The carousel requested would feature 8 stories (4 and 4) and would have a square story picture, a tagline on a translucent banner and the story title itself. In addition the coloured banner the story title would go on should change depending on the category the story belonged to. This meant I needed to create a loop in which 4 fields were queried for each story: thumbnail, tagline, category and title. It quickly became apparent that apart from the title the rest of the fields had to be customized for each story. To solve this I created 3 custom fields; thumbnail, cat and tagline, and the story editor filled out each of these taglines with the appropriate content. It worked quite well and I was satisfied that this solution would work

But. After a beta launch one of the editors brought up a point I never considered: The first entry of the carousel would always be the same as the story on the front page. And since the front page only had one story this was to put it midly somewhat redundant. Fortunately WordPress has an answer for this type of situation: offset.

An explanation: The carousel is populated using the standard query_posts() function. By using the offset variable in conjuction with posts_per_page I can define how many posts the query should “skip” before starting the list. And since I just wanted to skip the first (front page) post, that value should be 1. Problem solved.

Adding an Author Box

Because Frugalbits is a magazine it has both “normal” articles and also columns written by a select group of columnists. The request was that for these columns there be a box at the top right under the title with a photo, name and a short bio for that columnist. WordPress doesn’t have a standard function to add such an author box and though there are plugins that do it they are clunky, full of garbage code and not easy to style. I chose to go hard core on this one and just write it right into the single template using a conditional custom field. The result was the nice chunk of code below which produces a nice CSS styled box with the author Gravatar, category name, author name and WordPress user bio when activated with a custom field with the name “author” and the value “true”:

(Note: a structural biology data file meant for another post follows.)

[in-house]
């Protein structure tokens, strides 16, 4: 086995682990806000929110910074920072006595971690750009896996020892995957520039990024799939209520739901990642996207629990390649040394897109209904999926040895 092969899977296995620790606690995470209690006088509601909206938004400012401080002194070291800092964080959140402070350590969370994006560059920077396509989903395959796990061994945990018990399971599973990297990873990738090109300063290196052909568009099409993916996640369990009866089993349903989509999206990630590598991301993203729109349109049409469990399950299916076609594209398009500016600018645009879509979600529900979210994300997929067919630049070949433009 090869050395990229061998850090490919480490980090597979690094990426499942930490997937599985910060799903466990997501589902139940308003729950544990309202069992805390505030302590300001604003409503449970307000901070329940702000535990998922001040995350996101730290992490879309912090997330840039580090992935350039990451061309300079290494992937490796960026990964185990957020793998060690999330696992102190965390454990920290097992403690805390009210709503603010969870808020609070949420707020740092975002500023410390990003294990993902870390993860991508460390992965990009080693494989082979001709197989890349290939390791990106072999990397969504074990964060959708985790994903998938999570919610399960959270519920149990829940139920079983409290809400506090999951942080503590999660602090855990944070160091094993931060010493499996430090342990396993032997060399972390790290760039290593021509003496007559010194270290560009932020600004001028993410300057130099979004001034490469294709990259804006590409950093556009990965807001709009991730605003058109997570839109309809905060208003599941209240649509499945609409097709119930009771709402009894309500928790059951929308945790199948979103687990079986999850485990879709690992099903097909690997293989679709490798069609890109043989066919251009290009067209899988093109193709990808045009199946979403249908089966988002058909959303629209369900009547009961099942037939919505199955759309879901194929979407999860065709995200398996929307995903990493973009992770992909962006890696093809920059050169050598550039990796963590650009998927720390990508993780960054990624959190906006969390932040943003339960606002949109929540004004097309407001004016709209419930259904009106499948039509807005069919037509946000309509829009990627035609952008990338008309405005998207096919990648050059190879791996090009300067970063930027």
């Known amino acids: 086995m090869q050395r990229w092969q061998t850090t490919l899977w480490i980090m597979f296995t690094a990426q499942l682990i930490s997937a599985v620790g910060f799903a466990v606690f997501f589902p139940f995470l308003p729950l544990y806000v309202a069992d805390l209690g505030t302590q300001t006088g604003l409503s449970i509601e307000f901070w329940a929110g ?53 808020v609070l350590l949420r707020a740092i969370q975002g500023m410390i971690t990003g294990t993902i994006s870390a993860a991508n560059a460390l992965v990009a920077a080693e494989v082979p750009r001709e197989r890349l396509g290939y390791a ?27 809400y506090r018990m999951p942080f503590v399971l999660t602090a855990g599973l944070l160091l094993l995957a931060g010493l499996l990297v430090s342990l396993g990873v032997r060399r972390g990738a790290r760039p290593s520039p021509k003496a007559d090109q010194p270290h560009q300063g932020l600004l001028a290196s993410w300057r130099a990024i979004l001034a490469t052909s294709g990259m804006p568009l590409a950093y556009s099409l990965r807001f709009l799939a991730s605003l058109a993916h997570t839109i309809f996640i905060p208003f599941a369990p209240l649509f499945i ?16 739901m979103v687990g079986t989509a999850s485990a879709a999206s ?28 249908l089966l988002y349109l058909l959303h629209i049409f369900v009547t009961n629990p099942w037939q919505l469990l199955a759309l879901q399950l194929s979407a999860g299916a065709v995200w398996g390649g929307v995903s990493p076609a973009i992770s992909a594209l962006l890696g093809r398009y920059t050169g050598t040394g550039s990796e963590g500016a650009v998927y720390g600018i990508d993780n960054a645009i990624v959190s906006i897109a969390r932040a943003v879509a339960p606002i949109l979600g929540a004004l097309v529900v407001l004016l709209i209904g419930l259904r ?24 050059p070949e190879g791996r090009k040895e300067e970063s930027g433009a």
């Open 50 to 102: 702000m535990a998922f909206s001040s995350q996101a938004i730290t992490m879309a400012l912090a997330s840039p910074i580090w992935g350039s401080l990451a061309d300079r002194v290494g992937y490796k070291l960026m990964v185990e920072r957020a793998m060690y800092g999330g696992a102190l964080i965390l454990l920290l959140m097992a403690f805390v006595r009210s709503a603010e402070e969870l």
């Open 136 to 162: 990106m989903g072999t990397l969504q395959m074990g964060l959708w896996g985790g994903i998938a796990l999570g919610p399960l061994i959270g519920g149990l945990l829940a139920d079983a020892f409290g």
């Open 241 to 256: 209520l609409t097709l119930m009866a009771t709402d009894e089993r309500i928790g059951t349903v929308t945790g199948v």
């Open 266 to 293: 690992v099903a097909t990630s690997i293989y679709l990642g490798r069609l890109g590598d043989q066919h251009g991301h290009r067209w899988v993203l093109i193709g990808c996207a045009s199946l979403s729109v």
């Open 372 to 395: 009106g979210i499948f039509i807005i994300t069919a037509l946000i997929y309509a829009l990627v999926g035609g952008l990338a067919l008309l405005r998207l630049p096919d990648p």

ID, 'author', true))) { ?>

is by

Custom templates

One of the most important features of the Frugalbits site is actually something you hardly notice: The custom templates. Depending on where you are in the site the layout changes subtly. The front page features the carousel, the single post pages have the optional author box, the category pages have only the right sidebar and show thumbnails for each story and the legal pages have an entirely different sidebar from the rest. To top it off the F Spot category has an entirely separate tempalte that looks nothing like the other ones. All this is done by using conditional statements and creating custom theme files for individual pages and categories.

Now that it’s launched I’m looking forward to hearing what people have to say about Frugalbits and it’s functions. Feel free to leave your questions and comments below and please visit the site and learn how to be frugal yourself!

Expression Web Speaking Engagements WordPress as CMS

Webcast: An Intimate and Enlightening View into Microsoft Expression Web 3

I’m doing a 1 hour live webcast with Microsoft Canada demonstrating advanced WordPress customization with Expression Web 3 on April 6th, and you are welcome to join. It will be an extended version of my MIX10 session with more demos and more time for questions. All you have to do to participate is register. Full writeup below:

Invitation Code: 0781DA
Tuesday, April 6th, 2010
Start Time: 11:00AM PST (02:00 PM EST)

Webcast Duration: 60 min
Questions about these events?
Call us at 1-888-789-7770

A follow up to Paul Laberge’s “101” webcast, Expression Web MVP and WordPress hacker Morten Rand-Hendriksen takes you through an intimate and enlightening look into his day-to-day work process. He specializes in building solid standards-based websites on the WordPress platform using Microsoft web technologies and Expression Web. The session takes you through real-life examples of customer projects and pulls back the curtain on a work process that employs what Morten jokingly refers to as the “Unholy Quatern” – Microsoft’s Expression Web 3, Web Platform Installer and Mesh combined with the open-source publishing platform WordPress. Combining these four technologies Morten has developed a process in which rapid site debugging, prototyping and implementation becomes a reality.

Learn the inner workings of WordPress and how to use its theme engine to build pretty much any website you can think of using Expression Web 3 and see how using simple web technologies like WPI and Mesh can make your life as a CMS dev/igner much easier.

Register Today!

Speaking Engagements WordPress as CMS

MIX10 Session and Supporting Documents

Get Microsoft Silverlight

Above is my MIX10 session A Case Study: Rapid WordPress Design and Prototyping with Expression Web 3 in its entirety in Silverlight video format. It can be blown up to full screen and I highly recommend it as there are code examples.